Comes across as amateurish.. 1) He claims that the "value" of his parent's house has increased with inflation from $60,000 to $1,500,000, whereas the very idea of inflation is that the value does NOT change but the price does. If the price of everything in the economy doubles overnight, the value of everything will not double. 2) He claims that the deflationary force of technology is unstoppable by government-induced inflation. This is preposterous. In Zimbabwe in 2008-2009, inflation was of 100 ...more
Dec 28, 2020 rated it really liked it  ·  review of another edition
Interesting read. To me, it almost felt like an explanation about how the Star Trek post money economy got started as the inevitable result of exponential technological change.
Daniel Dent
May 30, 2020 rated it really liked it
Shelves: paper
This is a good book that reminds me of Abundance and The Future Is Faster Than You Think by Peter Diamandis in majority of book. It also sums up many of the heuristics of Tversky/Kahneman. Feels like retread of a lot of common material. (I was thinking is Factfulness as well when reading). Most of the book is an outline of where we are today as technology accelerates. The final chapter the author outlines ways to adapt to the disruptions rapid technological adoption is causing. That is by far th ...more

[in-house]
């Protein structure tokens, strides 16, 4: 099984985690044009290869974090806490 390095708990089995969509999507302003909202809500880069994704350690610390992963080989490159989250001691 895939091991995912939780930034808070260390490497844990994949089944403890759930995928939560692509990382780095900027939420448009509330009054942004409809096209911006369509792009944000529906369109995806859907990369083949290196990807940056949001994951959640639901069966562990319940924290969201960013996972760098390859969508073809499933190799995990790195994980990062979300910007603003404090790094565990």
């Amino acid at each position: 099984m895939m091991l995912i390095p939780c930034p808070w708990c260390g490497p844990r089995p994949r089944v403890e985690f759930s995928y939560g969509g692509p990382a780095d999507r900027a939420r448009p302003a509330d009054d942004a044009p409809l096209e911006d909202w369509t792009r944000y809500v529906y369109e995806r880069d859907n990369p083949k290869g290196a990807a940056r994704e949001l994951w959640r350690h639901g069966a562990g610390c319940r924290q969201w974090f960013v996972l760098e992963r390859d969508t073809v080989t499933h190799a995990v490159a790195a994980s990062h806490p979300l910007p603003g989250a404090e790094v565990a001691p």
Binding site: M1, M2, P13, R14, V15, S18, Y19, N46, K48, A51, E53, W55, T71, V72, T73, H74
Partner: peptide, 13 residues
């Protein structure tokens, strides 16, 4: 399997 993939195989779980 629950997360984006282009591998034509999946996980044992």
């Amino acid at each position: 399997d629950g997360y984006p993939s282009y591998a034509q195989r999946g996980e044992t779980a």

George Michaelides
Could not put this book down

One of the best and most relevant books in relation to our everyday life.

A must read for eveybody as the content is essentially about where humanity is heading in the age of ever accelerating trends and adoptions in technology advances.

Written obviously pre covid 19 era, it has proved to be even more relevant and prophetic now than ever before.
Aug 03, 2020 rated it really liked it
This books leaves you with a lot more questions than you started reading it with, which is not a bad thing. Very though provoking and well argued, and it is probably wise that he doesn’t try to be too predictive; this will be a windy path, but the direction is pretty much given.
Serguei Filimonov
Aug 03, 2020 rated it it was ok